- Silver Screen: King of the Jungle, an all-new feature length documentary about Tarzan on screen, featuring interviews with Maureen O'Sullivan and Johnny Weissmuller, Jr., as well as several noted film historians and "Tarzan experts."
- Vintage vault treasure: Jimmy Durante as Schnarzan the Conqueror (from Hollywood Party)
- Two shorts featuring Johnny Weissmuller
- MGM on Location: Johnny Weissmuller (The filming of Tarzan Finds a Son!)
- Rough Dough
- Theatrical trailers of all six Weissmuller/O'Sullivan films
Greystoke: The Legend of Tarzan, Lord of The Apes
* All-new 20th Anniversary Digital Transfer Edition
This extraordinary saga explores the dual nature of Tarzan as he struggles to repress his wild jungle instincts and become the civilized heir to an Earldom. Called "enthralling and gloriously beautiful," by Sheila Benson, Los Angeles Times, the film stars Christopher Lambert as the darkly intense Tarzan and Andie MacDowell (Green Card, Four Weddings and A Funeral) who made her movie debut as Jane Porter in this lavish production directed by Hugh Hudson (Chariots of Fire). The film also stars Sir Ralph Richardson (Watership Down, Dr. Zhivago) in one of his final performances along with Ian Holm (Lord of The Rings Trilogy).
The bonus content on this disc includes:
- 20th Anniversary digital transfer
- Commentary by director Hugh Hudson and associate producer Garth Thomas
- Theatrical trailer
- Soundtrack re-mastered in Dolby Digital 5.1
- Widescreen version dual-layer format
- Languages: English & French with Subtitles in English, French & Spanish
Tarzan The Ape Man (1981)
This highly provocative version of the original Tarzan story is told from Jane's point of view. This time, when Jane (Bo Derek) arrives in Africa to visit her father (Richard Harris) and repeatedly finds herself in peril, the relationship which develops between Jane and her heroic Tarzan (Miles O'Keeffe) steams up the screen in ways the previous films left to viewers' imaginations. While Maureen O'Sullivan, Andie MacDowell, and other "Janes" were certainly considered beautiful and sexy, Bo Derek's portrayal is perhaps the most famously erotic. John Derek, Bo's husband, directed this sexually charged expedition through the wilds of Africa with that specific goal in mind.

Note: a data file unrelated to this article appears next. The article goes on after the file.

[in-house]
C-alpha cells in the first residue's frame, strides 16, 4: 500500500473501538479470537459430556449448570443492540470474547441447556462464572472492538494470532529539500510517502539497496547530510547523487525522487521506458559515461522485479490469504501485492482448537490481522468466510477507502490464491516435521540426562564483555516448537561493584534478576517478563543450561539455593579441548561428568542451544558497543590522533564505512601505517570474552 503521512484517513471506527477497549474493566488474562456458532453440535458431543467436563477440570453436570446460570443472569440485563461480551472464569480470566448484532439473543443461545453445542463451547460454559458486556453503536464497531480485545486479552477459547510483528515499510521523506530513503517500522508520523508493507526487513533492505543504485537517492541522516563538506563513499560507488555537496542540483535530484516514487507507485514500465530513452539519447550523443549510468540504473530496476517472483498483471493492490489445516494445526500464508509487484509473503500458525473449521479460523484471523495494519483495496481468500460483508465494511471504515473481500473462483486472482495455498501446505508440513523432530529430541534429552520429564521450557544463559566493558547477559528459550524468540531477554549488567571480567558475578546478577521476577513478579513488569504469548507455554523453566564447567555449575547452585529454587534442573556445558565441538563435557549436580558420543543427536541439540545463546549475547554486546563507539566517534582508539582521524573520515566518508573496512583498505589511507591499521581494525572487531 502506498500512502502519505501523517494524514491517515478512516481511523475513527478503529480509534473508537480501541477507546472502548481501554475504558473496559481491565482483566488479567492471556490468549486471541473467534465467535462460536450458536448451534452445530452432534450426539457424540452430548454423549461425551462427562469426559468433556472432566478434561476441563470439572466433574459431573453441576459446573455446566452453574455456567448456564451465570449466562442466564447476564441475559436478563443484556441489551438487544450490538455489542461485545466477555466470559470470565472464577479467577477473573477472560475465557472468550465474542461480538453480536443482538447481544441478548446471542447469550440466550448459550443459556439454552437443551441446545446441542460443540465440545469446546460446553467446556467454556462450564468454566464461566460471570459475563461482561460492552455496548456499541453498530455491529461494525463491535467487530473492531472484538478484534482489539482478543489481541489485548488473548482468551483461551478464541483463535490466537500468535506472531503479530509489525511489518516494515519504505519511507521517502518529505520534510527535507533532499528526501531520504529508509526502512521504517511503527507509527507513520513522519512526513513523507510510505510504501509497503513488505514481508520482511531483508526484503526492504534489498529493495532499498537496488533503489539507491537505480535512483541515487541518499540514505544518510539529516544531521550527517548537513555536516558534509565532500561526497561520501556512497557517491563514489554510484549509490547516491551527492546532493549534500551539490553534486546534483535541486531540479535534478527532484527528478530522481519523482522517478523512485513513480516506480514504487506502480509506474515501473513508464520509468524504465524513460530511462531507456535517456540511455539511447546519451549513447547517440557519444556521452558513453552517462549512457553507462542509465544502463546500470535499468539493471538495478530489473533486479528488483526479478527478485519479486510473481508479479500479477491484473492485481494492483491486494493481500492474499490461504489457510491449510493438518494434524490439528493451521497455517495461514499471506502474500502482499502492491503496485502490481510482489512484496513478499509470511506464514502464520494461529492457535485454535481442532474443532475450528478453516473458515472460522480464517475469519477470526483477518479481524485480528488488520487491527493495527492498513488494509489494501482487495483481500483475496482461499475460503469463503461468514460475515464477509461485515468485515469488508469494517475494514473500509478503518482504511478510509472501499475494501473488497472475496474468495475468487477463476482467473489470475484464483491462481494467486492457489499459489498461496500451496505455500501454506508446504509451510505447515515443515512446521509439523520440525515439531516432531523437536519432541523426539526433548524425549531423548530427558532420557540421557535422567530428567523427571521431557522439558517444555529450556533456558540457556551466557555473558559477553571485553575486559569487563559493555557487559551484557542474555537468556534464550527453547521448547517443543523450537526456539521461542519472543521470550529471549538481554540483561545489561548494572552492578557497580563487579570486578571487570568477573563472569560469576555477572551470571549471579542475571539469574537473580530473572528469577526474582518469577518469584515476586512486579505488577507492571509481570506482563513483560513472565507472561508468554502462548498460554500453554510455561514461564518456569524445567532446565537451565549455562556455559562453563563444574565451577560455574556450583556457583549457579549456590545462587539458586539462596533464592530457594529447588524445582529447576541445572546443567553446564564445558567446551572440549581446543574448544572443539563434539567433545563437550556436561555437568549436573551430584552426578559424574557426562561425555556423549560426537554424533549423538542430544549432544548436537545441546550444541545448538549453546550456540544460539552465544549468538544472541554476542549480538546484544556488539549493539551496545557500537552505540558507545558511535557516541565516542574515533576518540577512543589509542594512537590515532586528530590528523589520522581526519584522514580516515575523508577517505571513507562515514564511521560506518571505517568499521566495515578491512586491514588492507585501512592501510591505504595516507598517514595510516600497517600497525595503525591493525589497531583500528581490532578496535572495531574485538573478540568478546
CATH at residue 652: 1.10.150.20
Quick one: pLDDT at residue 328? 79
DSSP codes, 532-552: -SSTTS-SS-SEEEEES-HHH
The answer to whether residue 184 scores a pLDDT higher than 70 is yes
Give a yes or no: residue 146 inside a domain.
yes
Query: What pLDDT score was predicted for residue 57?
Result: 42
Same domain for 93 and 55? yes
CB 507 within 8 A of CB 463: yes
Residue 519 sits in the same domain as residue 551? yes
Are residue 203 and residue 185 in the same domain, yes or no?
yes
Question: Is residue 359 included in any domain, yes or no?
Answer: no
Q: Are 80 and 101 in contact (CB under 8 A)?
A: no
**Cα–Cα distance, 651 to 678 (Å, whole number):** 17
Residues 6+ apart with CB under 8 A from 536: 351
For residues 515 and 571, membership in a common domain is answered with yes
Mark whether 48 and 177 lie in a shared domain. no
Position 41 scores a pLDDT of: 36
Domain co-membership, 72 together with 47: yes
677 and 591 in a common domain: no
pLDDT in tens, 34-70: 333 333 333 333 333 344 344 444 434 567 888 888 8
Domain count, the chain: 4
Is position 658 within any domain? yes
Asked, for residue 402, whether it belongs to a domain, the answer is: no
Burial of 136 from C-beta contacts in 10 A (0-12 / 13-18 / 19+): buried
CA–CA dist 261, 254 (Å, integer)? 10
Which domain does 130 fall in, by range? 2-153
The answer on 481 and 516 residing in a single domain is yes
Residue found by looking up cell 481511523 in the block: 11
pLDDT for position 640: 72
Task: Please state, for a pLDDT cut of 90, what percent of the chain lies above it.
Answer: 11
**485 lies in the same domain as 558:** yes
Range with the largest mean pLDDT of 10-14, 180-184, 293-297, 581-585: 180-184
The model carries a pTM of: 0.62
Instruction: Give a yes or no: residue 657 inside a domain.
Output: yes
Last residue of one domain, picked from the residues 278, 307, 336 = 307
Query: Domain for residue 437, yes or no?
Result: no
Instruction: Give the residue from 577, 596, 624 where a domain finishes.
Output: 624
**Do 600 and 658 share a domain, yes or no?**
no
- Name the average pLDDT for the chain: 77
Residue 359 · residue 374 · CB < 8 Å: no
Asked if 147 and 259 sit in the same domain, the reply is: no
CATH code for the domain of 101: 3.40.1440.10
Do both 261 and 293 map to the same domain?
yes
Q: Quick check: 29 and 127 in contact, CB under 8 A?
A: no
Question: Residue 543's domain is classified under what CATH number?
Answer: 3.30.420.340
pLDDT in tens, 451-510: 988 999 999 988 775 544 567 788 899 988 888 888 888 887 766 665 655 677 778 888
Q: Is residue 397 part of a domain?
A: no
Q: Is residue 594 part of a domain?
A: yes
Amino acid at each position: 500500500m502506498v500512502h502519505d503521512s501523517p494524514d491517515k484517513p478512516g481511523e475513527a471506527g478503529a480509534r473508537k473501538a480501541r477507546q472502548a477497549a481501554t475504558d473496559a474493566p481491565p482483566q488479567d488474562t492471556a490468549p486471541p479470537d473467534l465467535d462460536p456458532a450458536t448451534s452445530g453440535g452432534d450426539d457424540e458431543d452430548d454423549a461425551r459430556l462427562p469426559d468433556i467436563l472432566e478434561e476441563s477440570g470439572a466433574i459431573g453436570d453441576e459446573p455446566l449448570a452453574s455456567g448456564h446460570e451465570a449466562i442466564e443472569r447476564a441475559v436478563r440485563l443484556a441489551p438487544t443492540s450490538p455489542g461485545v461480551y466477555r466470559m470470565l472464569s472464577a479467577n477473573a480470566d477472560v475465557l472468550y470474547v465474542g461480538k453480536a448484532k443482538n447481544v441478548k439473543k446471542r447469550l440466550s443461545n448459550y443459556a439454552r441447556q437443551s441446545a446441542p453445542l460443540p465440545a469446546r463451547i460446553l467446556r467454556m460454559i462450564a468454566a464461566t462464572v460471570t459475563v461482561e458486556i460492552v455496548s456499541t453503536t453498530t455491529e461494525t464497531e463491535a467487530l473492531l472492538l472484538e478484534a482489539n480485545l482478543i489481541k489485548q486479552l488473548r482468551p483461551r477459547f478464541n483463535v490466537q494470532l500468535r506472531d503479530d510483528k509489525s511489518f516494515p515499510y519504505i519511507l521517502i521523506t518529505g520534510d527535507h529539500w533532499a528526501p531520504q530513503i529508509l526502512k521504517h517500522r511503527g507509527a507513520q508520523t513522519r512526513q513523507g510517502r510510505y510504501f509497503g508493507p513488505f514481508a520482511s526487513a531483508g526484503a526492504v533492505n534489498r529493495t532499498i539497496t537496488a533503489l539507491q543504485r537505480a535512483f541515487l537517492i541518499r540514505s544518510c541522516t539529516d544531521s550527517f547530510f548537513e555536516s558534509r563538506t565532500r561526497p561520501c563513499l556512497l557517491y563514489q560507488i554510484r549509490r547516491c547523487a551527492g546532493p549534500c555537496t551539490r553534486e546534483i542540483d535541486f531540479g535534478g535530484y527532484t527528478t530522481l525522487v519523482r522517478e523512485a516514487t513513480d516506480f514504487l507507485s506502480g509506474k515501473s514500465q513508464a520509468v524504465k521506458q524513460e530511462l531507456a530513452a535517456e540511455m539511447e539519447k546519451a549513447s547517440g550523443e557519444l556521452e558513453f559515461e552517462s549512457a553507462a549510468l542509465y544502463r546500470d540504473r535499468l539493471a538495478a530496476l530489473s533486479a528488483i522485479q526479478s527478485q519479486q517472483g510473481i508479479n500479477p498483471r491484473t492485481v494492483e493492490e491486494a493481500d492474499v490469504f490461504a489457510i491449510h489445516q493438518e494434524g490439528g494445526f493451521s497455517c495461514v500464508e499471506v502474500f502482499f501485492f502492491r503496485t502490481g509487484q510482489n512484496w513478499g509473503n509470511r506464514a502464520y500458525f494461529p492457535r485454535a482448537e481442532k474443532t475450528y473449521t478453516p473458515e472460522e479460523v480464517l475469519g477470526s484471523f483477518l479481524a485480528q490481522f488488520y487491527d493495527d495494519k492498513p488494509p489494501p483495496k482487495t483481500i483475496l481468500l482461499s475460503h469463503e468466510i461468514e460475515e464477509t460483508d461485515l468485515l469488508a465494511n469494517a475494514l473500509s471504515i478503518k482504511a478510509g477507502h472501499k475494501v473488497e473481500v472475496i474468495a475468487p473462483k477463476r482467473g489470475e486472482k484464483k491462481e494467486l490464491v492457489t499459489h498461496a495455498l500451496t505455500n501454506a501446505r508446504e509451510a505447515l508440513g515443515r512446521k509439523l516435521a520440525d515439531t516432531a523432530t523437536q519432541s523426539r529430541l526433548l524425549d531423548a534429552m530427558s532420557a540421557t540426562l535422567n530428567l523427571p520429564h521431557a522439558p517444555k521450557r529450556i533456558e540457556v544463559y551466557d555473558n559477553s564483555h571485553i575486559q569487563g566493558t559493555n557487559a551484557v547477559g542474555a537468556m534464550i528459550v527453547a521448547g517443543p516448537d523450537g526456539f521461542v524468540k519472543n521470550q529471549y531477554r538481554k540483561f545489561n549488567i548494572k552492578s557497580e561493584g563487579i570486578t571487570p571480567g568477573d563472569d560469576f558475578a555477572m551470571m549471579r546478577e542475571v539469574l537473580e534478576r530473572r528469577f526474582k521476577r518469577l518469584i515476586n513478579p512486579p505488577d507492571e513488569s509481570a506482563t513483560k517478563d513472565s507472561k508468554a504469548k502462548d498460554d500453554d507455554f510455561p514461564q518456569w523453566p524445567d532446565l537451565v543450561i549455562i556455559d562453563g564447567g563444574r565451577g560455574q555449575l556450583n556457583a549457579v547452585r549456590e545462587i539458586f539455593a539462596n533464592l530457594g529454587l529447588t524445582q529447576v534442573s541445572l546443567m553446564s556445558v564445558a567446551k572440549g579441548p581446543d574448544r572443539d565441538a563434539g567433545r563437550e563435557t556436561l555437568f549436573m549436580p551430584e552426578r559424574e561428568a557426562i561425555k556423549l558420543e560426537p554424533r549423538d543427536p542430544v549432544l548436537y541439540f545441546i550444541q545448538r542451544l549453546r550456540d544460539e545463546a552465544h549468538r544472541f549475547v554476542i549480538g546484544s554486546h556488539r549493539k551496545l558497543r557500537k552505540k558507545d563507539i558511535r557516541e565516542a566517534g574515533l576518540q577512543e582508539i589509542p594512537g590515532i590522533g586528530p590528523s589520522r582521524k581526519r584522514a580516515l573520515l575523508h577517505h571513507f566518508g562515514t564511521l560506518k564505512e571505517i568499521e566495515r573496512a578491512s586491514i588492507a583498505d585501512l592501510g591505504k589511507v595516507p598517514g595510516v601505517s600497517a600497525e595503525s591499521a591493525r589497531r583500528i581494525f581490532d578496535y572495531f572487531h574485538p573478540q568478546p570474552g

The DVD will include the following extra content:
- Theatrical trailer
- Widescreen version dual-layer format
- English: Dolby surround stereo
- Subtitles: English, French and Spanish
The Tarzan Collection on DVD - Tarzan on DVD
When 'Johnny Weismuller' was approached to play Tarzan, he was under contract with BVD to advertise their underwear and swimming trunks. BVD strenuously objected to their spokesman appearing in just a loincloth - they only wanted him to appear wearing their product. In return for letting Weismuller play Tarzan, MGM allowed BVD to run ads featuring their contract players in BVD swimsuits (including Greta Garbo, Joan Crawford, Jean Harlow and Marie Dressler). (source: Tarzan of the Movies by Gabe Esso)
Tarzan's distinctive call was created by sound recordist Douglas Shearer. It was a normal call, manipulated and played backwards.
This picture was M-G-M's first Tarzan film. It was also the first full-length sound Tarzan feature, and the first to star Johnny Weissmuller, a two-time Olympic swimming champion, as Tarzan. According to modern sources, Weissmuller was chosen to play Tarzan despite the objections of Burroughs. Weissmuller is the longest lasting Tarzan to date, having portrayed the apeman in twelve feature films from 1932-1948. According to M-G-M studio records, the film cost $652,675 to make. The Variety review of the film, which erroneously listed a running time of seventy minutes, noted M-G-M's success in finding fifty dwarfs to play pygmies in the picture. Contemporary sources indicate that some film footage from director Van Dyke's earlier African adventure film, Trader Horn (see below), was included in the film. New York Times news items note that the exterior sequences were filmed in western Mexico and at Sherwood Forest, CA. According to Hollywood Reporter, filming also took place at Sherwood Lake, which May have been located at Sherwood Forest. A November 1939 Hollywood Reporter news item notes that Nick Grinde was in charge of the second unit filming of "limb-to-limb jumpers and pygmies." According to a New York Times article about production difficulties encountered by the film crew, a near-tragedy occurred when a hippopotamus charged at a makeshift reflecting wall supported by crewmen. Hollywood Reporter indicates that second cameraman Steve Bauder narrowly escaped serious injury when a lion attacked him and broke his camera.